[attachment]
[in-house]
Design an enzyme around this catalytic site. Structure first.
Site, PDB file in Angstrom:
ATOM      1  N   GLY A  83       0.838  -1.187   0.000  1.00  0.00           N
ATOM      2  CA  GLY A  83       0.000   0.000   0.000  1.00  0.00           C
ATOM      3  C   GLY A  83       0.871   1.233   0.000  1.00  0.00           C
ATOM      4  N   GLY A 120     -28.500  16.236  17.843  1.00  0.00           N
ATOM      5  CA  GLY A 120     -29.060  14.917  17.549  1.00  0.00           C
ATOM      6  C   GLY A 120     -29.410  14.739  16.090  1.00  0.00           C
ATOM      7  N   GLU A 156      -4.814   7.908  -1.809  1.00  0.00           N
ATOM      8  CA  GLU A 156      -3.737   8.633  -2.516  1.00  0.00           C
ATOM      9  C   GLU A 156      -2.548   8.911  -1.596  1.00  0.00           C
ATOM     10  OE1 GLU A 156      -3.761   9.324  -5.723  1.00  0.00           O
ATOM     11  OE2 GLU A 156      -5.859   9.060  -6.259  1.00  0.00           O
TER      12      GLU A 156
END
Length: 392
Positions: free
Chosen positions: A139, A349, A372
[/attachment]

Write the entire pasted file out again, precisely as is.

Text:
[in-house]
Design an enzyme around this catalytic site. Structure first.
Site, PDB file in Angstrom:
ATOM      1  N   GLY A  83       0.838  -1.187   0.000  1.00  0.00           N
ATOM      2  CA  GLY A  83       0.000   0.000   0.000  1.00  0.00           C
ATOM      3  C   GLY A  83       0.871   1.233   0.000  1.00  0.00           C
ATOM      4  N   GLY A 120     -28.500  16.236  17.843  1.00  0.00           N
ATOM      5  CA  GLY A 120     -29.060  14.917  17.549  1.00  0.00           C
ATOM      6  C   GLY A 120     -29.410  14.739  16.090  1.00  0.00           C
ATOM      7  N   GLU A 156      -4.814   7.908  -1.809  1.00  0.00           N
ATOM      8  CA  GLU A 156      -3.737   8.633  -2.516  1.00  0.00           C
ATOM      9  C   GLU A 156      -2.548   8.911  -1.596  1.00  0.00           C
ATOM     10  OE1 GLU A 156      -3.761   9.324  -5.723  1.00  0.00           O
ATOM     11  OE2 GLU A 156      -5.859   9.060  -6.259  1.00  0.00           O
TER      12      GLU A 156
END
Length: 392
Positions: free
Chosen positions: A139, A349, A372